Song of preparation: “Great Is Thy Faithfulness”
Closing Song: Hallelujah Chorus including masks Covid style
Surviving a New Normal
I begin today with a story that I’m guessing many of you have experienced first-hand. On Tuesday, April 21st, I stopped by a local pharmacy. I sat outside in my SUV for a few minutes before walking in and I was intrigued to see customers walking out of the store with cases of various alcoholic beverages. One guy I watched had on a pair of multi-colored pajama pants, his hair was disheveled and he had not shaved in a while. And I started to wonder – how many people are coping with the disruption from this pandemic by using alcohol as their drug of choice?
The Nielson company, that does all types of studies, surveys and ratings, reports that March sales were definitely up when it came to spirits. Overall, alcoholic beverage sales, saw an increase of 58% by the end of March. And with many people staying home and purchasing items on-line, would it surprise you to hear that overall alcohol sales on-line are up by 243%? A company by the name of Drizly, known as the “Amazon of liquor” for on-line sales and delivery, saw a 300% rise in their sales; while a company called Winc, which is a wine club, has seen a 578% increase of new members. Usually, 207 people join their wine club each day. In late March the numbers were 2,102 per day.
Something else that has been interesting to watch has been the price of gasoline at the pump. Gas costs $1.38 in my little town and yet, I really can’t take advantage of these low prices because where am I supposed to travel during a pandemic? Oil prices back in January were a little over $60 a barrel. Last week, in the middle of April, they were $20. This week they went into the minus column, that is, below zero, for the very first time – ever!
And then as all of you know, tons of people, over 26 million, have filed for unemployment. We, as a country, have not seen this level of continual job loss since the Great Depression.
Now, we all believe and hope that once we get past the worst of this coronavirus that the economy will jump back up. But you can see why and how all of these unemployment figures and small businesses put on temporary hold, would concern our economic and business leaders regarding our present financial stability and future. And you can also see how something as simple and small as a virus, that is an uncontrollable like the weather, that we can’t even see, can devastate and humble any nation no matter how powerful that nation might be.
Now for the last six weeks, there are three terms I have heard on every news channel and mentioned in scores of commercials and internet news articles. And you know exactly what these three terms are because you have heard them as well. I speak of course of social distancing, sheltering in place, and having a new normal. And so, what hit me this week, as we go through some unprecedented times for the entire world, is to talk about how you and I are going to get through all of this. What if the CDC is correct and we have a second wave this fall that is a combination one-two punch of both the flu and Covid-19? What if we have to get use to a new way of operating, learning how to live life under a new normal for the next 12-18 months until we have a vaccine? I say that, because I think it is very possible. I don’t want to live under a new normal, I don’t like the idea of new normal, I want the old normal. I’m tired of this already and I want my old way of life back where I have the freedom to travel wherever I want. And I just wonder, how many people feel the same way as me?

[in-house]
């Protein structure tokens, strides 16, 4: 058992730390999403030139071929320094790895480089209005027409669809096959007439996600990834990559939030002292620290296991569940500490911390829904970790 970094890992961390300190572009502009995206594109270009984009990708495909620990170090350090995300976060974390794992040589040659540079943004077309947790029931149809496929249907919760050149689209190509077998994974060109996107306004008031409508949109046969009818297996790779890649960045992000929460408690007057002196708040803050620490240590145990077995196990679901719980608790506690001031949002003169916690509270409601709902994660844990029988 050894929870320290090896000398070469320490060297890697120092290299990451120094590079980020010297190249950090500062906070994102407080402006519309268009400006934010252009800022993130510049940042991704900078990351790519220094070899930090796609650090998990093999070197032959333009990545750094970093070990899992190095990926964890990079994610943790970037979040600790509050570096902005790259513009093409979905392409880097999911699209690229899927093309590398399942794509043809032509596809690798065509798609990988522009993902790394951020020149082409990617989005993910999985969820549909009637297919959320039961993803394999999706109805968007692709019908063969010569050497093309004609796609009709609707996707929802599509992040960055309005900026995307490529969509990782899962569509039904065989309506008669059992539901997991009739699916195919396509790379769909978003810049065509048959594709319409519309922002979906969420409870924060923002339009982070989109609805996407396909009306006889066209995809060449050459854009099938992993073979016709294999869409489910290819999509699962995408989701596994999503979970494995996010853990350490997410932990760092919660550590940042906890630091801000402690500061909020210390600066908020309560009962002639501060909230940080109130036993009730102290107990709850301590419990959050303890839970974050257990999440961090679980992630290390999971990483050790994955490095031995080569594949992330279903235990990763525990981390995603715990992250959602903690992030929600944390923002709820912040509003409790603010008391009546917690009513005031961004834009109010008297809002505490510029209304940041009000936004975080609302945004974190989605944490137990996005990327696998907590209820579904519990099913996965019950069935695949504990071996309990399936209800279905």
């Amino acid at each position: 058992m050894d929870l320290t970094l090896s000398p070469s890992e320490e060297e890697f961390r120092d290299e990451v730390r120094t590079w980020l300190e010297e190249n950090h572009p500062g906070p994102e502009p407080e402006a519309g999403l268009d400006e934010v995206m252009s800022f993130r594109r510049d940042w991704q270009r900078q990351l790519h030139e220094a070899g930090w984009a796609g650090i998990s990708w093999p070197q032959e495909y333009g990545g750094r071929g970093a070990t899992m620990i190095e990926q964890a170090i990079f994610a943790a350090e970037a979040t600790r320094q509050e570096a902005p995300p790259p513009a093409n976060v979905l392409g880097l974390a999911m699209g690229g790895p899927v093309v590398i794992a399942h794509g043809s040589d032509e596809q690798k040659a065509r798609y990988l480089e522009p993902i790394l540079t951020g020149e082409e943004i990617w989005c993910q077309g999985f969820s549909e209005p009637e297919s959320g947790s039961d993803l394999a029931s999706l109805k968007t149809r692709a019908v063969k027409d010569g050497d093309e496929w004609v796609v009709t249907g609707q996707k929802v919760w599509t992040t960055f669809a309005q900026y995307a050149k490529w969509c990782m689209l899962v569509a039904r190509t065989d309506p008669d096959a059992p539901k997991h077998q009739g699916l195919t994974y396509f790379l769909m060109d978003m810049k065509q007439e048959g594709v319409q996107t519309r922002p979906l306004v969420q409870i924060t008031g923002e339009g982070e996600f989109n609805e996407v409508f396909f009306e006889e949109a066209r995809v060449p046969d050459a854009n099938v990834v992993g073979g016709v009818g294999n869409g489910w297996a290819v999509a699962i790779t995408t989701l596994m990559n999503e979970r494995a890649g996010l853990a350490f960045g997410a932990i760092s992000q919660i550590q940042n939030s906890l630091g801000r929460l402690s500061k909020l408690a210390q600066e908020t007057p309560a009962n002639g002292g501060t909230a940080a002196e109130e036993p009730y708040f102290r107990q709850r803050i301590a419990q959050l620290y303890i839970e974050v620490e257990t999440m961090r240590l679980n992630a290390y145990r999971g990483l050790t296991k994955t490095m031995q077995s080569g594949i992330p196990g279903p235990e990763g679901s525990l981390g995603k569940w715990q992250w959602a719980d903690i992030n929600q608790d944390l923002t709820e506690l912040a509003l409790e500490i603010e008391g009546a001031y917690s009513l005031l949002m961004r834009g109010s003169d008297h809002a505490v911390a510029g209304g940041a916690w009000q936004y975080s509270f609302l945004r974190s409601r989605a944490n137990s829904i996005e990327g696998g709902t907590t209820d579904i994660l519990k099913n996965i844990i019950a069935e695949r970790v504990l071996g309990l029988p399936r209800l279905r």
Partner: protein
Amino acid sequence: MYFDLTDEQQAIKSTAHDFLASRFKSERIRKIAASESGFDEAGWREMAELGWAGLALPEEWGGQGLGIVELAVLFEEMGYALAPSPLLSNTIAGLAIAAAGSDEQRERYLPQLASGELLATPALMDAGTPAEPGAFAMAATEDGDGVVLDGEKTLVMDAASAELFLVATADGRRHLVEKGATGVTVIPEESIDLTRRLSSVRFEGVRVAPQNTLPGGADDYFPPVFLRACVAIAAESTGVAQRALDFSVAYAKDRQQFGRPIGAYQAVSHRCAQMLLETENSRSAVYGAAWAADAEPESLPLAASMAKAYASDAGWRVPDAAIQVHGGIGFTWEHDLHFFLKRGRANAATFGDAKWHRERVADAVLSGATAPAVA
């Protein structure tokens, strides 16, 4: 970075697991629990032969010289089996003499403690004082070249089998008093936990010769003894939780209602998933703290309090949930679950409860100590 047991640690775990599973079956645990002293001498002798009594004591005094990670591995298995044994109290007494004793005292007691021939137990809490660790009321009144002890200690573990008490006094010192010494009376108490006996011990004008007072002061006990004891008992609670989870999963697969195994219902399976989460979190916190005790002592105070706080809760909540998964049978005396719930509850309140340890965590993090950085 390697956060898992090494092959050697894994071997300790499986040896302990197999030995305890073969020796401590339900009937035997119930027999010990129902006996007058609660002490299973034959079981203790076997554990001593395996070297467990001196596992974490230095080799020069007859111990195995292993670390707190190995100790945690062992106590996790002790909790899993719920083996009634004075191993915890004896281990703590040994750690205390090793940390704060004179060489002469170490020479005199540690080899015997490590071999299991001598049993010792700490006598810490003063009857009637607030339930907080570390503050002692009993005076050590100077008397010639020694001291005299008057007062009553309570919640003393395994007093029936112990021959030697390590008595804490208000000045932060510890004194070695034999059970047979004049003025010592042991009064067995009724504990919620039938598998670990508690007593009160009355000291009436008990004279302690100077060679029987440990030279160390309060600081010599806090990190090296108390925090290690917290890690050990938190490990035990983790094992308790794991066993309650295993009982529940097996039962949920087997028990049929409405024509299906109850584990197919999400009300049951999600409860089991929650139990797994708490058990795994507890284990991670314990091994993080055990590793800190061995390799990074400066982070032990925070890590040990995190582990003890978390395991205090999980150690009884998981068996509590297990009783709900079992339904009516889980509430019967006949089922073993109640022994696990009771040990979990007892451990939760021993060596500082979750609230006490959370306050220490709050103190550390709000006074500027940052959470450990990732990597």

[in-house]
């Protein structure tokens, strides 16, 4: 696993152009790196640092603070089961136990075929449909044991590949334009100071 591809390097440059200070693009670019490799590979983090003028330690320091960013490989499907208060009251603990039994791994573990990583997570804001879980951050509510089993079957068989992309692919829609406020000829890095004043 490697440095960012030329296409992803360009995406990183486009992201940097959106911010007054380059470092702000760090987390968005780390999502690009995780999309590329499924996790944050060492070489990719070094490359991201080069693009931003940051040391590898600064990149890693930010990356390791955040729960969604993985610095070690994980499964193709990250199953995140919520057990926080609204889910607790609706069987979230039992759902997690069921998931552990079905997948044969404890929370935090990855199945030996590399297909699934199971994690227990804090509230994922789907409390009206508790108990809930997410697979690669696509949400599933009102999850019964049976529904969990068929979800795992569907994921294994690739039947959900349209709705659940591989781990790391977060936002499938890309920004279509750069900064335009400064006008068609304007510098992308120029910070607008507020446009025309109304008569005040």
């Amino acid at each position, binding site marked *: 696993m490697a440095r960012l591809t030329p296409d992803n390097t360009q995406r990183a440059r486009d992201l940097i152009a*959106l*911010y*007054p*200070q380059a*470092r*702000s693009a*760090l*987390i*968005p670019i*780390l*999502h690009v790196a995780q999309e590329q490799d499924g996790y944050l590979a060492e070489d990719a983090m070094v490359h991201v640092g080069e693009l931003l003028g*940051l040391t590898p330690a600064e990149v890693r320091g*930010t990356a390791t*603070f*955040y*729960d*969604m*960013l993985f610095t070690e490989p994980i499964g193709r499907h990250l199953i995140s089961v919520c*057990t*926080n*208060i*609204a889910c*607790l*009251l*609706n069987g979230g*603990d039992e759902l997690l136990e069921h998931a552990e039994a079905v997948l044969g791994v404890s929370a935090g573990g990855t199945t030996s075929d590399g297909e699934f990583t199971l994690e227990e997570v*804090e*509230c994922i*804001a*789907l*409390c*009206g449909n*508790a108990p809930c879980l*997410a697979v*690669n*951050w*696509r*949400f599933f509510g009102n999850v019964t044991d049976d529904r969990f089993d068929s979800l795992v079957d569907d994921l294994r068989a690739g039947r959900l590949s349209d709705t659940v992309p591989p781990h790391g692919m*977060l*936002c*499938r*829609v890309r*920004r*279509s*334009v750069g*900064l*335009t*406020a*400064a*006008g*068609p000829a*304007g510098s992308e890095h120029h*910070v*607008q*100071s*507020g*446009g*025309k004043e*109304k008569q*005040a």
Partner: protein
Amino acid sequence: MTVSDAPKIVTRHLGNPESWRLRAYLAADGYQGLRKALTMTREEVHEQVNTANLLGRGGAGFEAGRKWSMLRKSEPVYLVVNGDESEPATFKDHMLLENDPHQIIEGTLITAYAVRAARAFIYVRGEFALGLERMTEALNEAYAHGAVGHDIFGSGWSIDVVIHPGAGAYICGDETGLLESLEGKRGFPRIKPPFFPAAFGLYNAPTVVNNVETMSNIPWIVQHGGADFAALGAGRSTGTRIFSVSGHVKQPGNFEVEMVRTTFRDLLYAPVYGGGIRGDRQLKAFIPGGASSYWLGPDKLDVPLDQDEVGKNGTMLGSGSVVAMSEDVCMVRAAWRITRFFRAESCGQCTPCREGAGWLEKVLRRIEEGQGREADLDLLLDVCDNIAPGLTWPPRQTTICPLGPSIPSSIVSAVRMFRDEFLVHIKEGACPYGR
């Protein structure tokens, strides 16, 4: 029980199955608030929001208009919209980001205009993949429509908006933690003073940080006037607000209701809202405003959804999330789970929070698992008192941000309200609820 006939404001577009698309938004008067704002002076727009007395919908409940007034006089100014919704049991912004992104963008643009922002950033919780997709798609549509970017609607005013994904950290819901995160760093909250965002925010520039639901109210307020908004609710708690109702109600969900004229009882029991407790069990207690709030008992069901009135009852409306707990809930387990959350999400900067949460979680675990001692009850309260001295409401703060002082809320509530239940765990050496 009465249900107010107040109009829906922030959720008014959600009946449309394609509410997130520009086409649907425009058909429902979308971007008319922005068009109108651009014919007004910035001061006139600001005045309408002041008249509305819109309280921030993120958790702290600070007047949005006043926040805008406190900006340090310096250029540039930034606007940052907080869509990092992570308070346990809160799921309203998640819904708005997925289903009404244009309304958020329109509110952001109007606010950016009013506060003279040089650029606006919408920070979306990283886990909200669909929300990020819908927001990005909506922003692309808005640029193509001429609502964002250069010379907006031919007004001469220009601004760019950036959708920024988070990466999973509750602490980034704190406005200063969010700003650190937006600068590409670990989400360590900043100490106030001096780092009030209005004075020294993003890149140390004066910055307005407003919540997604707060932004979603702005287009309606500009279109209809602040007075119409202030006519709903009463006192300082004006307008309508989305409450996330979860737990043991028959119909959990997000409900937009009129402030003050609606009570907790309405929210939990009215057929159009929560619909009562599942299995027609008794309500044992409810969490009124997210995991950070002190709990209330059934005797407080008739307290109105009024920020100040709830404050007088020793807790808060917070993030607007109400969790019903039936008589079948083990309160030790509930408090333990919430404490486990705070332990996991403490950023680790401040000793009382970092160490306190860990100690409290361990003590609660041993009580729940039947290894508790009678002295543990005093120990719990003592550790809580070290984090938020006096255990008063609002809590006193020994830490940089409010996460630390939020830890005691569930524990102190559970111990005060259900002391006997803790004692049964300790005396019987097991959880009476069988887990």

So, what I want to attempt to do today, is tackle a message I’m calling Surviving a New Normal. However, I don’t want to give the impression that survival means we are barely hanging on by a thread, because there really is some good news to share. I want to tell you that we have scores of accounts in the Bible where people had to learn how to deal with a new normal. We are not the first people in history who have had to make adjustments in life where things changed unexpectantly. And the better news is, people we read about in the Bible who trusted in God’s faithfulness, not only survived, but eventually learned how to thrive, as God promised to be there every step of the way.
You know, when you think about it, there are people today, in the year 2020, who are adjusting to new normals all around us.
I’m sure you heard about the worst mass shooting in Canada last Saturday and Sunday, April 18 & 19th, where 23 people so far are dead. A 51-year-old man, dressed as a Royal Canadian Mounted Police officer and driving a lookalike police cruiser, went on a shooting spree in 16 different locations, including starting 5 fires. Do you think all of the people related to these victims will now be dealing with life in a new way, that life will be far from normal for them, that they will have to find a new normal to keep on going? Absolutely they will.
And what about the folks down south with the recent tornadoes where there has been the loss of life and homes, do you think they are dealing with a new normal?